When it comes to being competitive, Smithbridge offers a variety of services made possible through the sharing of resources with its branches in Australia, New Zealand, New Caledonia, Papua New Guinea and Guam. The group has a fleet of more than 330 cranes with lifting capacities over 650 tons and a vast array of specialized equipment.
“The sharing of resources is a valuable thing. Guam is little island in a small market and you can’t get everything here,” Radonich says. The service Smithbridge offers includes pre-cast and pre-stressed concrete through subsidiary Rocky Mountain Precast, heavy equipment rentals, quarry operation that supplies the island’s specialized aggregate requirements, heavy and specialized civil and marine expertise and the mechanical division, which includes coded pipe welding, fuel tank fabrication and boiler work and mechanical installation.
Pernix Guam plans to focus on its specialties in power generation, including building, building and operating, and operating and maintaining. The company will also use Guam as its regional hub for projects in the Pacific and possibly Asia.
Pernix Guam, while it had been in operation for several years, was not in Guam in a big way until the purchase of dck pacific’s assets in June.
“The buildup is, of course, something that we will go after because of our power capabilities. We will be looking at a multi-faceted approach to the business. I suspect we will, on a limited basis, be looking at the Philippines also, possibly Vietnam and other parts of Asia as opportunities arise,” Allen says.
With the purchase of dck pacific’s assets, Pernix acquired three major projects: a joint venture with Environmental Chemical Corp. with operations in Guam, which is currently executing a $53.6 million dollar contract for the Naval Facilities Engineering Command for the design and construction of an aircraft maintenance hangar to provide operational and maintenance facilities for the 1st Marine Aircraft Wing at Andersen Air Force Base in Guam; and a contract with Guam Power Authority to install a wind turbine.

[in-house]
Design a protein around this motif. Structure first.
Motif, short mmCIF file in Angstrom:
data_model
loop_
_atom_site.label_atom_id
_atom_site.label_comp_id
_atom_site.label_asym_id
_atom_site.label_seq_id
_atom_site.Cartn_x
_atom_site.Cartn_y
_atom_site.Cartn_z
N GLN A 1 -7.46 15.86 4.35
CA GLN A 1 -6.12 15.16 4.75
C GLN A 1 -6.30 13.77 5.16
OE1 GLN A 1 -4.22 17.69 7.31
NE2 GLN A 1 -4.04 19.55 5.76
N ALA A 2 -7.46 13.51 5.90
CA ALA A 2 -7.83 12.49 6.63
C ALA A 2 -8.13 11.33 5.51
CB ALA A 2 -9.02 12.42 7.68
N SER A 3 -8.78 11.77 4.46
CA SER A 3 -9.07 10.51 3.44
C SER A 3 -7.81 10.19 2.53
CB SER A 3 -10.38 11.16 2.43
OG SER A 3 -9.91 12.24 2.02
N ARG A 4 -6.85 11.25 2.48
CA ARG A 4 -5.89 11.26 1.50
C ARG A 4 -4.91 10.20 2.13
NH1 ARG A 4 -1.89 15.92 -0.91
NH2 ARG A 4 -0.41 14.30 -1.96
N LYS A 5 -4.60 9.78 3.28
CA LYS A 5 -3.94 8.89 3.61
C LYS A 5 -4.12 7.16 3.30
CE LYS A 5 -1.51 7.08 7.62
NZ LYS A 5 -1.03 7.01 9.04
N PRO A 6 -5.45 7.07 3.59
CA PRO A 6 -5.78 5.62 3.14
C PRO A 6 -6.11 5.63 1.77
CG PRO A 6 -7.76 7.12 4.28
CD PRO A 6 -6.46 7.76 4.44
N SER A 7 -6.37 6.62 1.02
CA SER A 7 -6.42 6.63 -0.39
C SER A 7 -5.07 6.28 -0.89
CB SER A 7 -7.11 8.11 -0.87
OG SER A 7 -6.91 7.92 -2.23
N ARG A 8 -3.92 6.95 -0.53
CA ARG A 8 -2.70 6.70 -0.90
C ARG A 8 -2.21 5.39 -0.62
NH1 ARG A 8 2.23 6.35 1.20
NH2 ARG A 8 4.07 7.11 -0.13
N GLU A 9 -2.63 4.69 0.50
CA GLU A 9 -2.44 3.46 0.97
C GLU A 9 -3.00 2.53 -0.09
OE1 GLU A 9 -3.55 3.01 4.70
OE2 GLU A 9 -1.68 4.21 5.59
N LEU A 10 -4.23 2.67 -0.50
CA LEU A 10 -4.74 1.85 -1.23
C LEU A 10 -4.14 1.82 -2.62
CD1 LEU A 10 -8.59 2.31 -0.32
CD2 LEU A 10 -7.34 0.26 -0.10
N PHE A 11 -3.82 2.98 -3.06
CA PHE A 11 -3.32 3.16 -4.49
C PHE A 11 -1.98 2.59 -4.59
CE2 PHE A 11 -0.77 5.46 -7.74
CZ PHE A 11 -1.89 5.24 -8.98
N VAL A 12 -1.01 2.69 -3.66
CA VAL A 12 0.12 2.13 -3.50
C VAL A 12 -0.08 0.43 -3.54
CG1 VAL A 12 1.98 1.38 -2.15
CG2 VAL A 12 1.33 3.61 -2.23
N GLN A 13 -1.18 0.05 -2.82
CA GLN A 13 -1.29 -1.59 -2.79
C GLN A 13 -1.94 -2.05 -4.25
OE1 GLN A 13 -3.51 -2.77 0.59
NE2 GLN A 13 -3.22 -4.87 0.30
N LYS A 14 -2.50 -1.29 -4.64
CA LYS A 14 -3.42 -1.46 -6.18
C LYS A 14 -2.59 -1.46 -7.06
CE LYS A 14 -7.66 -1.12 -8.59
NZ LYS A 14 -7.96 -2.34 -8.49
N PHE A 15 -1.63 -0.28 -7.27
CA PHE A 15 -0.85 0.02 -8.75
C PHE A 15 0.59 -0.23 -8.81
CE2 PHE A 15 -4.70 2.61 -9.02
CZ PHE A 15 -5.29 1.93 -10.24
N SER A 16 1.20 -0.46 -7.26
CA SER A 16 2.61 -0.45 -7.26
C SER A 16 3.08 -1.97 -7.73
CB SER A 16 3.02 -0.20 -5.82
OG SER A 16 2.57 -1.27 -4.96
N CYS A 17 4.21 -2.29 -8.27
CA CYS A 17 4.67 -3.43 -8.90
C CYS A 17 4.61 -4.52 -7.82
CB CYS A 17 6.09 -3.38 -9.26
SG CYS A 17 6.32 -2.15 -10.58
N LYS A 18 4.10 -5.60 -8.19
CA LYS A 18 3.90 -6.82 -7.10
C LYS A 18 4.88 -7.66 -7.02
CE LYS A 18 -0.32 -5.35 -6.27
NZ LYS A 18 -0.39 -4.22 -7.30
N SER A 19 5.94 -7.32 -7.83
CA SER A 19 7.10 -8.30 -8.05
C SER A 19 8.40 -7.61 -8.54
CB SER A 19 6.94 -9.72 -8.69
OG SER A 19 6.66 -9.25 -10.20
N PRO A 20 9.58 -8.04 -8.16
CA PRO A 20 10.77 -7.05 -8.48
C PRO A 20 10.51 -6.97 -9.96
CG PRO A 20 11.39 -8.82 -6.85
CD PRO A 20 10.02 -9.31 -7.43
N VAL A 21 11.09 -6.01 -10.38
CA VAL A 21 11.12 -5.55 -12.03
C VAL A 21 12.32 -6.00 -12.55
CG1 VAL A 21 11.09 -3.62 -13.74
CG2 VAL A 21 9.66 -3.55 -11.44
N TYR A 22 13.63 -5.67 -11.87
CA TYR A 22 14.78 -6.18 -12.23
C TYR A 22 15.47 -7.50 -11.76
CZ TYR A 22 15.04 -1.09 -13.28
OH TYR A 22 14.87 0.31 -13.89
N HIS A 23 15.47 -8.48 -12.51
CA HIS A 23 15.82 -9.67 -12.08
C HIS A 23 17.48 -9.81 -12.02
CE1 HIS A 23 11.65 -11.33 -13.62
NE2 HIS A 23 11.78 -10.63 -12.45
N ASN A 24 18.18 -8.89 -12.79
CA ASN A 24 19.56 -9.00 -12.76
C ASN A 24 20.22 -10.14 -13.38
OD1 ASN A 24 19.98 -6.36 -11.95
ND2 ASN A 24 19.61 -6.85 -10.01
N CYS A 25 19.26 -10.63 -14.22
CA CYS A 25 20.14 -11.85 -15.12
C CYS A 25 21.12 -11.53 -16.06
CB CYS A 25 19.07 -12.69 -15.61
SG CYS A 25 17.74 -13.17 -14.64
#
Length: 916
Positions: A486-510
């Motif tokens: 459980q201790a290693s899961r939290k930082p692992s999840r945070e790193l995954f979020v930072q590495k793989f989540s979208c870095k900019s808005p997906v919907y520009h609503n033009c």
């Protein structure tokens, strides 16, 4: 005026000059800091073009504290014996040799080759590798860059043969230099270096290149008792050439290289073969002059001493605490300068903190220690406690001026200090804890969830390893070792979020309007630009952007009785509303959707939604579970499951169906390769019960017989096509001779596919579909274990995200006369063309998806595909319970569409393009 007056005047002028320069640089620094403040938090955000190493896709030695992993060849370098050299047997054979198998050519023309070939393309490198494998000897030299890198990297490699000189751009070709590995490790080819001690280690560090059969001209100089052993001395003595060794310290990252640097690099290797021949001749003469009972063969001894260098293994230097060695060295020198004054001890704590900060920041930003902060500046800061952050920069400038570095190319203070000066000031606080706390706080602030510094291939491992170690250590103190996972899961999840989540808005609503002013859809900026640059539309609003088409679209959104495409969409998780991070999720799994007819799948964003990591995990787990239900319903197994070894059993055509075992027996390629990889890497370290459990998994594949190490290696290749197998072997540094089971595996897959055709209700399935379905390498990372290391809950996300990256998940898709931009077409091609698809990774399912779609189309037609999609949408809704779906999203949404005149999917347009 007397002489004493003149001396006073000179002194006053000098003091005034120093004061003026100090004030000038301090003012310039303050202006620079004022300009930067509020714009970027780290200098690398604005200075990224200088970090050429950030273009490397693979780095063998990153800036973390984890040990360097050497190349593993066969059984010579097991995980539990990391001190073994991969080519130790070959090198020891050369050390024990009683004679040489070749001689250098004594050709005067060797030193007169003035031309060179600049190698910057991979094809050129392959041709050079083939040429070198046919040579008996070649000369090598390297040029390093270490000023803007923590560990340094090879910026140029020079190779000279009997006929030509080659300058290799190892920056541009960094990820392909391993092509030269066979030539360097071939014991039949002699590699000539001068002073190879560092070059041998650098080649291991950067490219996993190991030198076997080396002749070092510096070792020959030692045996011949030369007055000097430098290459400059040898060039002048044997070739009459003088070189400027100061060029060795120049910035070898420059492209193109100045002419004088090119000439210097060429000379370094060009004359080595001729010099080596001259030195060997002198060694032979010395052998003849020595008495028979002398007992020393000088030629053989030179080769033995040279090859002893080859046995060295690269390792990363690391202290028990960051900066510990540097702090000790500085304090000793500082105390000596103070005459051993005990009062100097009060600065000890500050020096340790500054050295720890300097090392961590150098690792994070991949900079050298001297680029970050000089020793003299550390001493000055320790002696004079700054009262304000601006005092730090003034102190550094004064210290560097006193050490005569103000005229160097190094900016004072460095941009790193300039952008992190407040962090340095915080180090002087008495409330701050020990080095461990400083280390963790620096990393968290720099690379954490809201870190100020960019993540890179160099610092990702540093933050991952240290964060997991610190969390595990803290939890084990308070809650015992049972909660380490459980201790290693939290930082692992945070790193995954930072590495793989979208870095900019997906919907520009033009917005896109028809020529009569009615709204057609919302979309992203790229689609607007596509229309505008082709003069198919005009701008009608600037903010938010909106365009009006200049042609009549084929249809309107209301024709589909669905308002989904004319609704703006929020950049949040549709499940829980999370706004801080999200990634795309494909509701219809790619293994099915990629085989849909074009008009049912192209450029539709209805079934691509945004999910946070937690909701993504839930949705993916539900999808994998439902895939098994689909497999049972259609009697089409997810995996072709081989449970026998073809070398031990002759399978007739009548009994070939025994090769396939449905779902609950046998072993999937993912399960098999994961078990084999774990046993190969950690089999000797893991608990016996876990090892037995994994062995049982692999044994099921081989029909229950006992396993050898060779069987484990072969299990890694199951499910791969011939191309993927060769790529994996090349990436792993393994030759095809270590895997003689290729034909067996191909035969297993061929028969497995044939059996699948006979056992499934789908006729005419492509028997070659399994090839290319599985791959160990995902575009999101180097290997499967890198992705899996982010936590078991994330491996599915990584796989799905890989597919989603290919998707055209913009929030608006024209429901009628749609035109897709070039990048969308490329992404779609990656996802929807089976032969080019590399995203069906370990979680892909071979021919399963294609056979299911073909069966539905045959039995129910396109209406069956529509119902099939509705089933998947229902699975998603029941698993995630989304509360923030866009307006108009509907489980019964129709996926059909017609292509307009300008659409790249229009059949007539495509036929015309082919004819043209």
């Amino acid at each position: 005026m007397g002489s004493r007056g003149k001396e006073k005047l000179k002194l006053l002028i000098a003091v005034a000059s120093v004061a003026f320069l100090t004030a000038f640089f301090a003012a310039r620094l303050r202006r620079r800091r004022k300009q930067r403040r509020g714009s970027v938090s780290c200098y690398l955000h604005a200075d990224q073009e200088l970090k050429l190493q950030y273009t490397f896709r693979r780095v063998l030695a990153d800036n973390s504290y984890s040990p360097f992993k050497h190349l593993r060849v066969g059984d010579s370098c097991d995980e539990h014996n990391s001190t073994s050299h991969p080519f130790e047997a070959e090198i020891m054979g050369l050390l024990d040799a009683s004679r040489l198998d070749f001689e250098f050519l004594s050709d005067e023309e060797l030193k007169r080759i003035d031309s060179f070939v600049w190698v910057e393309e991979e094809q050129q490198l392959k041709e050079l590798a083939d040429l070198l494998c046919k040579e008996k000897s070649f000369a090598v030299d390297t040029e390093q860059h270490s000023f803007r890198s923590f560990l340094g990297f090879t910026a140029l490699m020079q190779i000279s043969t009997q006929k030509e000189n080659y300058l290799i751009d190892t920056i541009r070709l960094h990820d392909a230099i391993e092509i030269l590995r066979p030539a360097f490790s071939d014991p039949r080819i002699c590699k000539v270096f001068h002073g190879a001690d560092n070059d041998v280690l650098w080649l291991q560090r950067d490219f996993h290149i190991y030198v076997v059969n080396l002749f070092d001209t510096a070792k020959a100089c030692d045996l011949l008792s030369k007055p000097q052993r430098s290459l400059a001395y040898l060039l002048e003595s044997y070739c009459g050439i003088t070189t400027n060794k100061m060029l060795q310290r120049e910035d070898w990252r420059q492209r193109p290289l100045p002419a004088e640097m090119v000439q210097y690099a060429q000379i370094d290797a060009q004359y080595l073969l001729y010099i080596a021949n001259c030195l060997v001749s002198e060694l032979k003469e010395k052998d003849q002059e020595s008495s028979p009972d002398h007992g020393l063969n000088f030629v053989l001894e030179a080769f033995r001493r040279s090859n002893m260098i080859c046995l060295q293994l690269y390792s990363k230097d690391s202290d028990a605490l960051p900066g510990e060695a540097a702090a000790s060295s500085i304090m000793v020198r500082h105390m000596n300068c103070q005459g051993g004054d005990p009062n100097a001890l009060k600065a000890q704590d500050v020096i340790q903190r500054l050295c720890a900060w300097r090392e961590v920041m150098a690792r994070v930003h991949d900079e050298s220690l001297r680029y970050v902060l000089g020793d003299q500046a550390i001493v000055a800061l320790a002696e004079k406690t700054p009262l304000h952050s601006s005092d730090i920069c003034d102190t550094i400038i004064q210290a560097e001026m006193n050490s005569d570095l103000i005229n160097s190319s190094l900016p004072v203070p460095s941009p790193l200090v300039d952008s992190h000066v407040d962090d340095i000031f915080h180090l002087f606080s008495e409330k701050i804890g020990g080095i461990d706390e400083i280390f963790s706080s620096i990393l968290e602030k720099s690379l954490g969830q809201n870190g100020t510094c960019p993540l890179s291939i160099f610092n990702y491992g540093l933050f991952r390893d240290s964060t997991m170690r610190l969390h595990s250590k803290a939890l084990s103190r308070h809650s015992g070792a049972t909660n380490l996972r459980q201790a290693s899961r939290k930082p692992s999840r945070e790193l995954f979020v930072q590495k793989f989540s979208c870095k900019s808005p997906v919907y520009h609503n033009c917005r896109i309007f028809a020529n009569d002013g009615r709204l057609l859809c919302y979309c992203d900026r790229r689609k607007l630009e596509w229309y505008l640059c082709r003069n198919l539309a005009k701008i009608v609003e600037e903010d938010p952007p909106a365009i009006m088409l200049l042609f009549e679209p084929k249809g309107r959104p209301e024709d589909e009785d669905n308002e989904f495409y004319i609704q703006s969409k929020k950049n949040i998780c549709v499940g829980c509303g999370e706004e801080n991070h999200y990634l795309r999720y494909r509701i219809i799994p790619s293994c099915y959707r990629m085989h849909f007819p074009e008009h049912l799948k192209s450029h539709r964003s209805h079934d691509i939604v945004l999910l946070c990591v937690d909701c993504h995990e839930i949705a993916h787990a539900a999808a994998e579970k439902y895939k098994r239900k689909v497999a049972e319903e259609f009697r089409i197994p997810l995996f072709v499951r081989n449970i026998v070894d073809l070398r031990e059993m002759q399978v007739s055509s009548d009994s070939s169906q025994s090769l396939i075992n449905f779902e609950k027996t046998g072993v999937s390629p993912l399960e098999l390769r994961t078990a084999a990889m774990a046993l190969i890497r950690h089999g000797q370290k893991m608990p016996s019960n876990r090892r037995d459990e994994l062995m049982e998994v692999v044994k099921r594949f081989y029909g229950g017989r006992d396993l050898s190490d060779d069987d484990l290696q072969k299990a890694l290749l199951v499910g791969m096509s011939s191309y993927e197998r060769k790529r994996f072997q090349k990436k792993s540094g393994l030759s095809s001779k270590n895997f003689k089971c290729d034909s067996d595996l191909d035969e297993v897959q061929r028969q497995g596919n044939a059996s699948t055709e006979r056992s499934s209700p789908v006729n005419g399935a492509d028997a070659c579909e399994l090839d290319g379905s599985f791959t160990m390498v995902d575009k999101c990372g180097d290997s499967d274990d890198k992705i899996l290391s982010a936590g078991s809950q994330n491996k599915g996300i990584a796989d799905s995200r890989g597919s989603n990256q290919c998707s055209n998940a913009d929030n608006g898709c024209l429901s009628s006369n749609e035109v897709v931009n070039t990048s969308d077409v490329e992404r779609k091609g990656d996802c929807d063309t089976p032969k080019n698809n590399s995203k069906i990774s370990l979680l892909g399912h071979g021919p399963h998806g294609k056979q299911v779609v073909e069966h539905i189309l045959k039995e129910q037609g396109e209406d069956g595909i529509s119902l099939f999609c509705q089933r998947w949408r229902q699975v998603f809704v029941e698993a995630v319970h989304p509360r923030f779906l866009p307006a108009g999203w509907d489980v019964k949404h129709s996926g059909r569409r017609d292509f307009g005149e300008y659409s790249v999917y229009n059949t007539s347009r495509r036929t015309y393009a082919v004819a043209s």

“We are actively pursuing a number of projects right now. […] We expect to be competitive and take the assets purchased with dck pacific and the people that came along with it and do some good work,” he says.
Pernix is building and will maintain a power plant in Fiji and operates and maintains a concession in Vanuatu. In the past, Pernix, as Telesource, built, owned and operated the power plant on Tinian but had sold it to another local company.
“Business on Guam is increasing; I’ve been traveling over the past five years. There was a significant downturn of business I think everyone saw in 2009, 2010 and 2011. […] The buildup didn’t take hold like it was going to happen […] but over the past few years, each trip it became more and more evident that tourism was increasing, the hotel rooms were full and storefronts that had not been open were now open. There is an obvious vibrancy in the current economy from our view, and I think that bodes well for continuing growth. We’ve also seen opportunities start coming in the surrounding region, and we thought it was the right time to expand our footprint here,” Allen says.
Renewable energy is part of the company’s work. In Vanuatu 82% of the power was generated by hydropower, about 10% diesel and the balance in solar.
“We’re interested in solar. We bid solar here and intend to continue to pursue that here. We will pursue the combined cycle combustion turbine plan when that RFP comes out with the Guam Power Authority,” Allen says.
“We’re looking at a wind project in Fiji. We’re looking at a number of different aspects. The company also went after a biomass project OEM in Papua New Guinea. We believe we can operate a number of varieties of energy. It all depends on what’s the most economical and desired by the client,” he says. n
Construction companies are keeping busy with local and federal government projects as well as private sector projects while waiting for the Record of Decision to open the gate to bid on military construction projects. (Left) The Gloria B. Nelson GPA-GWA Public Service Facility, designed by RIM Architects LLC and built by Core Tech International Corp. at a cost of $34 million, opened on Jan. 28. (Right) Micronesia CSL Development LLC, a venture between Calvo Enterprises Inc. and Shangri-La Industries of Los Angeles, was contracted by the U.S. General Services Agency to open a new Immigration and Customs Enforcement/Federal Bureau of Investigation Joint Facility. Opened on Dec. 12 in Tamuning, the $15 million project was designed by RIM Architects LLC and was constructed by Webcor Builders of California with tenant improvements completed by Tutujan Hill Group Ltd.
Photo by Jackie Hanson
Photo by Joy White